Openssh

SSH ProxyJump option

Learn about the SSH client option ProxyJump, that allows using a bastion host or jump server to connect to other systems.

Summary

The ProxyJump defines a bastion host (jump host, jump server, jump box) to use. Values Value Meaning none Disable ProxyJump functionality HOST Define the hostname of the bastion host [USER]HOST[:PORT] Define one or more parameters of the bastion host URI Define parameters in URI format Hostname Format: hostname User Format: user@hostname Port Format: hostname:port Command-line usage ssh -J bastion destinationsystem These parameters can also be specified in the format as a URI .

SSH ForwardAgent option

Learn about the ForwardAgent option, available values, the security risks, and how to configure it.

Summary

The ForwardAgent option specifies if SSH agent forwarding is allowed or not. ForwardAgent values Value Meaning Yes Agent forwarding is allowed No (default) Agent forwarding is not allowed PATH Path to the agent socket $VARIABLE Environment variable that stores the path Security caution Agent forwarding should not be used if not strictly needed. Any user that can access the agent’s socket stored in SSH_AUTH_SOCK may have access through the forwarded connection.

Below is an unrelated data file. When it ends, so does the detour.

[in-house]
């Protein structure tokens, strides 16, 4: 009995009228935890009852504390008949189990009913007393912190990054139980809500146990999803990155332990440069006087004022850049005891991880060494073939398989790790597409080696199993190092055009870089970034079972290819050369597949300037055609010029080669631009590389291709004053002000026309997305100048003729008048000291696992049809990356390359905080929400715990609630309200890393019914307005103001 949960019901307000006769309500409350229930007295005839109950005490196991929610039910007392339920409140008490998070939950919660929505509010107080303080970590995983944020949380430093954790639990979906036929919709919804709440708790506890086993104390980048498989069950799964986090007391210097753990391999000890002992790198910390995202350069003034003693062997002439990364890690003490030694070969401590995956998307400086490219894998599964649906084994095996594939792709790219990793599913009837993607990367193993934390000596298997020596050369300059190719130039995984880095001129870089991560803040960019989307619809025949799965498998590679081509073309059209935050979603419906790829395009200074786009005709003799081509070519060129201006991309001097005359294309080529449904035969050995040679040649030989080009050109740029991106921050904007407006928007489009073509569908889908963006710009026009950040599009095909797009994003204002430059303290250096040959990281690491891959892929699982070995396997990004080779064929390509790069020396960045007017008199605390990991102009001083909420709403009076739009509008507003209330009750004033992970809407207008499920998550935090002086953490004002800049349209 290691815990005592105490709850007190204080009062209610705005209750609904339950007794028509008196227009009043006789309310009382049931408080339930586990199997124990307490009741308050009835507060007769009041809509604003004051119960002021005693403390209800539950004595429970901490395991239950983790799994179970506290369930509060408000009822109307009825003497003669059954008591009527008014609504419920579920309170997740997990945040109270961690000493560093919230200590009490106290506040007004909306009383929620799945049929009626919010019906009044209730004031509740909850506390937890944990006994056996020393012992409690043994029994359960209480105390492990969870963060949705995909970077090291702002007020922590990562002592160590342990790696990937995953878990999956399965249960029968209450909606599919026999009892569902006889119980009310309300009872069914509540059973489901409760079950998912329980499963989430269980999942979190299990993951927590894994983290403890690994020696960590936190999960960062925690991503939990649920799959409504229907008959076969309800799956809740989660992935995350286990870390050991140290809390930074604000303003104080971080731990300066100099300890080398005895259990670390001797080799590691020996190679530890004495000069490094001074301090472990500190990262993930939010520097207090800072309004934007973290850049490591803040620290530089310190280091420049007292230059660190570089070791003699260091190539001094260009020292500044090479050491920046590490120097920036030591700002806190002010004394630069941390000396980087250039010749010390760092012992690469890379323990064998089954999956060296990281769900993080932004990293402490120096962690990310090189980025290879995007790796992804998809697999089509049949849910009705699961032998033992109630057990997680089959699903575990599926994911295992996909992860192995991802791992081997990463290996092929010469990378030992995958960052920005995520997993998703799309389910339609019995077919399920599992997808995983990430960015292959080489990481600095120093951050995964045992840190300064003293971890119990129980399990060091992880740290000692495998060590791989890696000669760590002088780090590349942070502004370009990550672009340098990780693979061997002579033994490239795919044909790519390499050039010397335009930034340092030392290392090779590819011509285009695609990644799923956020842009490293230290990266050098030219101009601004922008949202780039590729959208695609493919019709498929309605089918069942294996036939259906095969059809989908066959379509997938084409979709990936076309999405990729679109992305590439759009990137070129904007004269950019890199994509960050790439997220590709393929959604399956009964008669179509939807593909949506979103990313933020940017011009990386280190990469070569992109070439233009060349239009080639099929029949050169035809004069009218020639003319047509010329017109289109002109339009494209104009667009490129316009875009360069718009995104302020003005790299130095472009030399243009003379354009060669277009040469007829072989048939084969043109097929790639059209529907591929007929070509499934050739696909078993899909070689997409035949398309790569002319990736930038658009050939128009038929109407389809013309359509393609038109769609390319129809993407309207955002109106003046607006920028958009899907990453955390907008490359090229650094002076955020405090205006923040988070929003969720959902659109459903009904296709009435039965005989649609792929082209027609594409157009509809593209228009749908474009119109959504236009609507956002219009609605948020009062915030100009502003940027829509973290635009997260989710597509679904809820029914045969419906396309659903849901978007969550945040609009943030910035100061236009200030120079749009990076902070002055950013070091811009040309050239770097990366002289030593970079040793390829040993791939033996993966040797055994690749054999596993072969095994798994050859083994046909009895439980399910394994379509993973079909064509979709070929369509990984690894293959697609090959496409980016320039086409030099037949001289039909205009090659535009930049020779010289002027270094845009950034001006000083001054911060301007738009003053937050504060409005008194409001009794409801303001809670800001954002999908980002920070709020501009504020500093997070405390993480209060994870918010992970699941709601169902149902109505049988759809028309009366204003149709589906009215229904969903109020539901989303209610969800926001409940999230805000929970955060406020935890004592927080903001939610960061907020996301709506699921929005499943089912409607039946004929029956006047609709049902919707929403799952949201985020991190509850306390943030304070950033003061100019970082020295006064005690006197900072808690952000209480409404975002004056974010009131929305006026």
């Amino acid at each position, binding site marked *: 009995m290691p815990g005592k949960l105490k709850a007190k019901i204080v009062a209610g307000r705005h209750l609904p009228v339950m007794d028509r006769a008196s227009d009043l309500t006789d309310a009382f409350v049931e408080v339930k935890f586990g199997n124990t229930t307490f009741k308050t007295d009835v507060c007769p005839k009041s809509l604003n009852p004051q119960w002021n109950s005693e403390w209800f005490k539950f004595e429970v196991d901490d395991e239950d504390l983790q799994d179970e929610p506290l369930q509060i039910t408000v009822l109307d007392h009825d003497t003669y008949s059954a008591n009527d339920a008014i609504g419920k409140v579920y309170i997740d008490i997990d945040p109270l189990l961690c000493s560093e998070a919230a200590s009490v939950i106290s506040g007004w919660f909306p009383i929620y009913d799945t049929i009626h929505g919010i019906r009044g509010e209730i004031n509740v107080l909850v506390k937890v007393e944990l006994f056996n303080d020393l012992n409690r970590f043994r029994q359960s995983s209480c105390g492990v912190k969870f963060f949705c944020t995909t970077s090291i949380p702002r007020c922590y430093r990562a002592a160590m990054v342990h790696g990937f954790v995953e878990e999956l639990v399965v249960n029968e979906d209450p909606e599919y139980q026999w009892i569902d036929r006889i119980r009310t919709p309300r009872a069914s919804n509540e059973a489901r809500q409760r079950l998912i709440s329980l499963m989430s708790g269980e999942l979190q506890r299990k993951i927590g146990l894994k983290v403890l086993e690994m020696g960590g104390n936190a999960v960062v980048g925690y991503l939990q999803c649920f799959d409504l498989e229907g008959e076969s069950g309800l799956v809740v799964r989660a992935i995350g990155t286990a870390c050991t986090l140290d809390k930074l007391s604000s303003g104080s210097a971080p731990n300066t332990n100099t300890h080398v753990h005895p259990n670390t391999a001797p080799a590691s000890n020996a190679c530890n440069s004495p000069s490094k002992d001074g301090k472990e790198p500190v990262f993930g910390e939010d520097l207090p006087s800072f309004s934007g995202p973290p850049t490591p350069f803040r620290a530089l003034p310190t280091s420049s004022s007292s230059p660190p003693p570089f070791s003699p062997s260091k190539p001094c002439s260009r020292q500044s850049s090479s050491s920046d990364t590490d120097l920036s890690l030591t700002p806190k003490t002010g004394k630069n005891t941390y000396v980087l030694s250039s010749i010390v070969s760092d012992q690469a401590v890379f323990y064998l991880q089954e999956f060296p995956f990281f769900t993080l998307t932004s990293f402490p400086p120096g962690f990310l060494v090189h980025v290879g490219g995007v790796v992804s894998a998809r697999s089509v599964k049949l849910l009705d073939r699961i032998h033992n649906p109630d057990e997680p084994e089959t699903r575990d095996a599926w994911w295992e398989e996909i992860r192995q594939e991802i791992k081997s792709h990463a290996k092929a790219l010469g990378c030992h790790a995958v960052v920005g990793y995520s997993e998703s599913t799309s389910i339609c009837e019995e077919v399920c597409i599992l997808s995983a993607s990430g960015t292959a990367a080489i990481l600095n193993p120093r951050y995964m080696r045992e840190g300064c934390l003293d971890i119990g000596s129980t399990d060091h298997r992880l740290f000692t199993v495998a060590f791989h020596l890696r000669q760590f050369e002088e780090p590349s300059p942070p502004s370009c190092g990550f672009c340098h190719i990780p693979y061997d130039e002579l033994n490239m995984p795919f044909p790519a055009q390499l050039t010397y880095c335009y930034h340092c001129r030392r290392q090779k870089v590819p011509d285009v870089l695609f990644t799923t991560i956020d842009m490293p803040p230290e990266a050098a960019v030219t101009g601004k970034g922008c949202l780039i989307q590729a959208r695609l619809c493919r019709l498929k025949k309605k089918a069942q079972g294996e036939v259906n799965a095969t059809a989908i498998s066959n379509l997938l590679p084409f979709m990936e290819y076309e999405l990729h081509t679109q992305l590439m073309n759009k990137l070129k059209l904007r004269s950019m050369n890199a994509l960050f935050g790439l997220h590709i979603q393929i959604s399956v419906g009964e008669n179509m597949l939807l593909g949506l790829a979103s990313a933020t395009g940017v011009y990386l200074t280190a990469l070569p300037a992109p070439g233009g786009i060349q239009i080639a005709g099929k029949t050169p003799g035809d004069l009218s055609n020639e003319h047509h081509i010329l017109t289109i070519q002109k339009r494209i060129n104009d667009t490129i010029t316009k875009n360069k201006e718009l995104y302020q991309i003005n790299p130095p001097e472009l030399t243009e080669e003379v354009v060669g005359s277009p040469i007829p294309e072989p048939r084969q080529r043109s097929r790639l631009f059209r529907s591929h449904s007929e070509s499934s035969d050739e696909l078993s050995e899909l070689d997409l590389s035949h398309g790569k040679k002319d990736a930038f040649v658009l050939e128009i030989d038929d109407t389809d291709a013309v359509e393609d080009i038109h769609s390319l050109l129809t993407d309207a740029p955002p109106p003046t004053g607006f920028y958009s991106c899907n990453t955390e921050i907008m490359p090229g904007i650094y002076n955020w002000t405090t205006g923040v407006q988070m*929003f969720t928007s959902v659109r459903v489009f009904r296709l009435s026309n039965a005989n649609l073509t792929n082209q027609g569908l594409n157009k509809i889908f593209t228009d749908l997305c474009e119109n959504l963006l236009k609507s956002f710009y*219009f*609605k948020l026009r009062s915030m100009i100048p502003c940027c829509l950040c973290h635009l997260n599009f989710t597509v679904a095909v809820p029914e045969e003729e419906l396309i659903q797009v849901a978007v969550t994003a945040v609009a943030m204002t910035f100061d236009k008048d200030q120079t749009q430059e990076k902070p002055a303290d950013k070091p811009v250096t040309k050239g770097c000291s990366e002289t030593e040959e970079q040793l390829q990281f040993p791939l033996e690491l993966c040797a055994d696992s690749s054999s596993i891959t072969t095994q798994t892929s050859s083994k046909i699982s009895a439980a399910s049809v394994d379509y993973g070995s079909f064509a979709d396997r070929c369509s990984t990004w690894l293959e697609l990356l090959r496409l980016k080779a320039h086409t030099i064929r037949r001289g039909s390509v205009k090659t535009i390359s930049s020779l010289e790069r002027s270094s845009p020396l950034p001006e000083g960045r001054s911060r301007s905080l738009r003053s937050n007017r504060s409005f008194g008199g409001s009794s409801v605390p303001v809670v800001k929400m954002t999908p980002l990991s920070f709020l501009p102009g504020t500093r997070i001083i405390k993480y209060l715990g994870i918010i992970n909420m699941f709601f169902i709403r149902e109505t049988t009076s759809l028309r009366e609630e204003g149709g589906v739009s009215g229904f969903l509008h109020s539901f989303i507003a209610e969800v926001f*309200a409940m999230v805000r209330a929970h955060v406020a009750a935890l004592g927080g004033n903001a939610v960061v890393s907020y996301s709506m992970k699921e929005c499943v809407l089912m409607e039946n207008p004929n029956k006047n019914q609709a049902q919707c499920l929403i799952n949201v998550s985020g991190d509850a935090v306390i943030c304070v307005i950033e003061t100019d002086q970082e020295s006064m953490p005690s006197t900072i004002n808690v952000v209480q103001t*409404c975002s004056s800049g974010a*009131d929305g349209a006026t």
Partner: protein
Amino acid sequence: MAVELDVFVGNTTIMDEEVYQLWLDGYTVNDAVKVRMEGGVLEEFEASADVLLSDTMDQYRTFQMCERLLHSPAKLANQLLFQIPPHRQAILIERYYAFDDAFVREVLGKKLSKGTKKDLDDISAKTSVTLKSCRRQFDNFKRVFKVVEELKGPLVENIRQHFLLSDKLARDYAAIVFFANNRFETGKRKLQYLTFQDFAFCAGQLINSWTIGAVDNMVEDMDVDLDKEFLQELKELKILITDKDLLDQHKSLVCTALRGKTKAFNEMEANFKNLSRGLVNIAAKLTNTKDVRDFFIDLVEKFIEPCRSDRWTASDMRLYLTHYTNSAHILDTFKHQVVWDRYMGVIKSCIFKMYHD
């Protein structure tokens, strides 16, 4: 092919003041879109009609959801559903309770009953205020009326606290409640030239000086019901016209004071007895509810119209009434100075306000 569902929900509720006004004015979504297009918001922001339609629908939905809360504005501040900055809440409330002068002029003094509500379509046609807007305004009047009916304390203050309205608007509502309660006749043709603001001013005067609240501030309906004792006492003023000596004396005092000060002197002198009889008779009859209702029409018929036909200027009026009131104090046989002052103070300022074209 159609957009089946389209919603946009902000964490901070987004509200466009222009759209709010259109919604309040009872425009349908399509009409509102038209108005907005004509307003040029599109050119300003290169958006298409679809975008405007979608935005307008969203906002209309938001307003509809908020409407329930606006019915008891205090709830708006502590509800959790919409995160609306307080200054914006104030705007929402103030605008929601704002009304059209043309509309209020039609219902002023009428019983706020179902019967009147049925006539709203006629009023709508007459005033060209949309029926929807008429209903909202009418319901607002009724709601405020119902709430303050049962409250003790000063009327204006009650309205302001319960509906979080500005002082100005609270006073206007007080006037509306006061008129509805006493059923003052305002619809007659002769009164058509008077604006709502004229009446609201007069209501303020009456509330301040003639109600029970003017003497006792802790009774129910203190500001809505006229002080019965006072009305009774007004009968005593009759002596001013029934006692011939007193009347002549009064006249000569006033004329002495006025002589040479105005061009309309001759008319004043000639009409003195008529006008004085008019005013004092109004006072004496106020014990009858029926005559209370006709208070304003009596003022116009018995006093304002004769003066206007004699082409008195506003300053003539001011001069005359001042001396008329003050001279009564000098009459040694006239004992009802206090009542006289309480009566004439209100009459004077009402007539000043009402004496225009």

What is SSH agent forwarding?

Learn more about the SSH agent forwarding feature and what problems it tries to resolve.

Summary

The agent forwarding feature in SSH allows using your local SSH agent to be reached through an existing SSH connection. This way you don’t have to store copies of your private keys on intermediate systems to use them for authentication. While SSH agent forward simplifies things, it also introduces a new risk related to Unix domain socket. If a user on the intermediate system can access the related socket, then it may abuse this connection back to the SSH agent to authenticate on your behalf.

How to start the SSH agent?

When the SSH agent is not running, how can you start it? In this article we will have a look at the options.

Summary

The ssh-agent command is started manually using eval $(ssh-agent). This will initiate the SSH agent and make it available for clients, such as ssh, to use it. To confirm that the agent is running is by looking at the SSH_AUTH_SOCK environment variable. Automatic start of SSH agent Gnome Keyring SSH Agent When using Gnome, it typically comes with its SSH agent as part of Keyring. This will automatically load any files in ~/.

What is the purpose of the SSH agent?

What is the purpose of the SSH agent and when to use it?

Summary

The ssh-agent command starts the SSH agent, a helper utility to store private keys when using public key authentication. The ssh-agent process is usually started at the the beginning of a login session and then can be connected to by a SSH client. Clients can detect the environment variable named SSH_AUTH_SOCK. Related settings on the client IdentityAgent

How to disable the usage of the SSH agent